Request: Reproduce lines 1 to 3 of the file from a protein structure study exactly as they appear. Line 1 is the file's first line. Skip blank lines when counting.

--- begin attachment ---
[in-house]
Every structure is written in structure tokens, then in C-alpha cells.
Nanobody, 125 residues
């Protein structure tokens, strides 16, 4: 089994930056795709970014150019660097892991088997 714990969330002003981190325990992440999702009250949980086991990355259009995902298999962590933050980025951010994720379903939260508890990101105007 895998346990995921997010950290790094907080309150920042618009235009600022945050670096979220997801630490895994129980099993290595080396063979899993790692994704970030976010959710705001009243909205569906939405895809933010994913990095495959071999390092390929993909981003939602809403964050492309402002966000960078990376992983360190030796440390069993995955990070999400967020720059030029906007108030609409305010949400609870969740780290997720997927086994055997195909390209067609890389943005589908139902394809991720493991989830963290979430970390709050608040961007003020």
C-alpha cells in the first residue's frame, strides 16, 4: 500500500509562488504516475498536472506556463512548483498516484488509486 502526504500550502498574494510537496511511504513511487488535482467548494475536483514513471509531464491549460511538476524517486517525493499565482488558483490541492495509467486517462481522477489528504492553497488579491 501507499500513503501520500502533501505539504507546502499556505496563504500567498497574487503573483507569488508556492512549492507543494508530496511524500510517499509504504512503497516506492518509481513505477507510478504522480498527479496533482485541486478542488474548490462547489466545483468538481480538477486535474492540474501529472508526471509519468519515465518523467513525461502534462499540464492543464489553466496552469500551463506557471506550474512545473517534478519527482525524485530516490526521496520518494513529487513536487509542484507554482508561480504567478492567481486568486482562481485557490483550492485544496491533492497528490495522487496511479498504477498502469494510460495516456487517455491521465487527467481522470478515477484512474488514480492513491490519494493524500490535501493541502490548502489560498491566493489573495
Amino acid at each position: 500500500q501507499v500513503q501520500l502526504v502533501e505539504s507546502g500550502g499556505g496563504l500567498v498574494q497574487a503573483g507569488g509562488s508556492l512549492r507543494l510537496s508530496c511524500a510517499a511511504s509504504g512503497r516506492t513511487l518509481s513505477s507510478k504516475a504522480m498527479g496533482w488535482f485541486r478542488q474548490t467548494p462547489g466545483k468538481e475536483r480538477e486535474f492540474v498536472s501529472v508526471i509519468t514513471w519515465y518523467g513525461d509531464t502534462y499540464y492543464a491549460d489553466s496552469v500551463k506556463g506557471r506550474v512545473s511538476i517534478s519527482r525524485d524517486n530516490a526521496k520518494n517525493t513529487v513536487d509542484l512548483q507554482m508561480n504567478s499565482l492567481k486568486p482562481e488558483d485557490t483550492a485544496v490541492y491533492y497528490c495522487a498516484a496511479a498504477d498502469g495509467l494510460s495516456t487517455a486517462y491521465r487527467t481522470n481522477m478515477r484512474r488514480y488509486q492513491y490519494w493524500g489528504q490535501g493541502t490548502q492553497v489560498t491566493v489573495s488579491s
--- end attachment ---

[in-house]
Every structure is written in structure tokens, then in C-alpha cells.
Nanobody, 125 residues